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Join us on our trip down memory lane with Video Games and Visions of the Universe

Our Video Games issue will certainly take you back to playing them as a child, or even with your children! This issue has Stamps, a Minisheet, Retail Booklet and Generic Sheet.

The Visions of the Universe stamps are truly stunning, and though I’m not particularly knowledgable about such things, I do find it interesting!

Coming up…

One to look forward to; James Bond is due out on 17th March as is a pretty big issue, containing Stamps, Minisheet, Retail Booklet, Generic Sheet and also a PSB. We will be sending this issue out alone, unless you collect Defininitives, in which case you will get them together.

Jamie Ellul & Sam Dyer

Jamie Ellul is a graphic designer and his career kicked off Hat-Trick Design in 2001, producing dramatic posters, packaging and brochures, amongst other things.

Several years later, Ellul co-founded Magpie Studio, but once he started a family, he realised he needed to re-evaluate his life. Rather than staying in the fast lane in London, Ellul chose to relocate his family to Bath and set up a new company, Supple Studio.

Supple Studio’s aim is to create effective design work and to help companies establish an identity. Ellul has worked with Royal Mail a few times, designing some of their stamps, such as the ‘Votes for Women’ issue, which came out a couple of years ago.

Supple Studio has also produced work for Channel 4, NSPCC and Childline.

Sam Dyer is also a graphic designer who lives in Bath. An avoid player of traditional computer games, Dyer established a company called Bitmap Books, which has since become an award-winning independent publisher of retro gaming books. The company aims to celebrate the software, hardware, developers and code shops which laid down the foundations for the billion-dollar industry we know today.

Royal Astronomical Society (RAS)

First named the ‘Astronomical Society of London’ (founded in 1820), it received its royal charter on 7th March 1831.

Its founding members included such notable astronomers and mathematicians as Charles Babbage and John Herschel. The founders also intended to reward research, and the society has done this through the award of medals; its Gold Medal is perhaps the highest accolade in the astronomical world. And for astronomers living near London, the society’s meetings from the start served to create an identifiable community of astronomers, and to enable the latest research to be reported and debated.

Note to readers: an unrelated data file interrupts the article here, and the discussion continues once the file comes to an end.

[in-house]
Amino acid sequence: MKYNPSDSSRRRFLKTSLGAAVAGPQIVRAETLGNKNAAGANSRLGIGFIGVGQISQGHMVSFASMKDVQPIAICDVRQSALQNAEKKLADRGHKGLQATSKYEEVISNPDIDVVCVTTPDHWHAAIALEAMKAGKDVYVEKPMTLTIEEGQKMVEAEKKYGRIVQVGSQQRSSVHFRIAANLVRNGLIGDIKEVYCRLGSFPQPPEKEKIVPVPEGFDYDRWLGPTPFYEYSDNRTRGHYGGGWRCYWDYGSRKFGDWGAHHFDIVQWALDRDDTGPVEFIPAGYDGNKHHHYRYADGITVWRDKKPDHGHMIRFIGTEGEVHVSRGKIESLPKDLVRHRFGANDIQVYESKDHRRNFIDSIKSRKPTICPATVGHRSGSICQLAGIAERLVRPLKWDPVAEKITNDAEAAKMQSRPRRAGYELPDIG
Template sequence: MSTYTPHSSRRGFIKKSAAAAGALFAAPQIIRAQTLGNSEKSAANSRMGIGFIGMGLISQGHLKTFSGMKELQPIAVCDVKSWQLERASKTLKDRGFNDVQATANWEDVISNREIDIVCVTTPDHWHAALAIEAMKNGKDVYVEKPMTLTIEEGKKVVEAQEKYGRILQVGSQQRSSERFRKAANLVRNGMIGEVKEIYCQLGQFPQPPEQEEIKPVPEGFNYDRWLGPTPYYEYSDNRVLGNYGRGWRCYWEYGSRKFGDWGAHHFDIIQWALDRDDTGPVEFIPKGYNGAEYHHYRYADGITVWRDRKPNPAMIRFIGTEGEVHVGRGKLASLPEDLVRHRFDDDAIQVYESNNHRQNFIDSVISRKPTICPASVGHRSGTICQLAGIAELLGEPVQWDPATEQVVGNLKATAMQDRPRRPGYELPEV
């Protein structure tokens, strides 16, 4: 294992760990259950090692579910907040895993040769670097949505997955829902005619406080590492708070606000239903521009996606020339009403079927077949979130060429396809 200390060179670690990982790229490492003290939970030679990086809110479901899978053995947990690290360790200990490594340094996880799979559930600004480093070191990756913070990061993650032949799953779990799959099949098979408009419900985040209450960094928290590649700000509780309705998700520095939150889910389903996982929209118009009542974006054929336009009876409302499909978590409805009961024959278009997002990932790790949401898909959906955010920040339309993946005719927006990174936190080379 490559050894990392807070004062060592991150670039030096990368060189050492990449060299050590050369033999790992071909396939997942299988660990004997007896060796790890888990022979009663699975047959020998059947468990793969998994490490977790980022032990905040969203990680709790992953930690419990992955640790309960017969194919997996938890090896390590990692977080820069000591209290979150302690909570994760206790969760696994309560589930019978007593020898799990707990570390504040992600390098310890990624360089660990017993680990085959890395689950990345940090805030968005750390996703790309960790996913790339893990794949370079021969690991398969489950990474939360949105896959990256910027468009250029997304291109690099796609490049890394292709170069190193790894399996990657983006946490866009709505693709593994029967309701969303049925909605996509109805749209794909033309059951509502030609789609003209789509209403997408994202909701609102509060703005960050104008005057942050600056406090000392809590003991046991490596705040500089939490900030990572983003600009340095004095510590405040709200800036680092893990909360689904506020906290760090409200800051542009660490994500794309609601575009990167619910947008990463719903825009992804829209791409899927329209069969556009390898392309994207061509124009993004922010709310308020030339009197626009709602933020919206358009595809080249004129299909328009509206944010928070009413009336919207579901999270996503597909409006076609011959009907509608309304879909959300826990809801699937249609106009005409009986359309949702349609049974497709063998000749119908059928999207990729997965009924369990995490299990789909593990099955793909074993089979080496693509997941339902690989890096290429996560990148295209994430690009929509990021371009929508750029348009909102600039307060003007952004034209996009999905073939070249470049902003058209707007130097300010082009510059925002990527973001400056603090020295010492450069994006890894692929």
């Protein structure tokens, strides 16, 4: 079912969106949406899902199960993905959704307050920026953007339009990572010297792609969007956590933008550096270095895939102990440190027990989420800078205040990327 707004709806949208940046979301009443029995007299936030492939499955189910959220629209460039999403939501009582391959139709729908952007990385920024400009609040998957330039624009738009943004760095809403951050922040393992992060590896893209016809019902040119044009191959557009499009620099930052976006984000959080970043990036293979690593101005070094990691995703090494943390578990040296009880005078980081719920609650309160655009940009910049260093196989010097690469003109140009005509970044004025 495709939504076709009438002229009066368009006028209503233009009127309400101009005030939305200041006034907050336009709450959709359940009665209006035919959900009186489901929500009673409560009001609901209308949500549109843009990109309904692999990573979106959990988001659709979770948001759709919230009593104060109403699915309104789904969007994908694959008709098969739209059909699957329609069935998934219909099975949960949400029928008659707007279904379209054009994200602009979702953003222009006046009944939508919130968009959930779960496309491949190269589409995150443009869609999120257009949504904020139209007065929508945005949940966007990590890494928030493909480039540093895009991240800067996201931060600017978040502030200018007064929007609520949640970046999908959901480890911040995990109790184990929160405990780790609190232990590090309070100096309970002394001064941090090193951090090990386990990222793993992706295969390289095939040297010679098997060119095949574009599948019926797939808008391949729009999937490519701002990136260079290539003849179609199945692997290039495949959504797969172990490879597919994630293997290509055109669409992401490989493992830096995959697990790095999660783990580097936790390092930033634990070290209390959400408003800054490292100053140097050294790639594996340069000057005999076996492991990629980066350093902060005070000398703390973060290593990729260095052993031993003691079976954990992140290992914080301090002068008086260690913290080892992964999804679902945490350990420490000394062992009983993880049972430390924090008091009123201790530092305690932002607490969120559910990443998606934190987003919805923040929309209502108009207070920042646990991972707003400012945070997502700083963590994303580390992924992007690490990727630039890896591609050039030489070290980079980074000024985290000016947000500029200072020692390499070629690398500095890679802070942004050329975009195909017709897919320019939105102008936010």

Entering the 21st century, the Society continues to carry out its three main functions of maintaining a library, organising scientific meetings and publishing journals, but now performs many other functions in pursuit of its goals of the encouragement and promotion of astronomy and geophysics.

Did you know….?

  • In 1985, Elite made history by becoming the first non-American game to become a best seller in the US.
  • Sensible Soccer was often affectionately known as Sensi, still retains a cult following today.
  • With a lifetime sale of 36.88 million, Lara Croft is the best selling video game heroine.
  • The original Tomb Raider game was created as an Indiana Jones rip-off.
  • Like all such societies, the RAS was at first closed to women, although Caroline Herschel was awarded a Gold Medal in 1828 and, with Mary Somerville, was elected an honorary member in 1835. Women were first admitted to the fellowship in 1916.
  • John Herschel built the first telescopic observatory in the Southern Hemisphere and produced a comprehensive catalogue of the Southern Hemisphere’s skies.
  • Charles Babbage is credited with inventing the first machine which laid the groundwork for future computers. In fact, the basics of today’s computers are found in Charles’ analytical engine.
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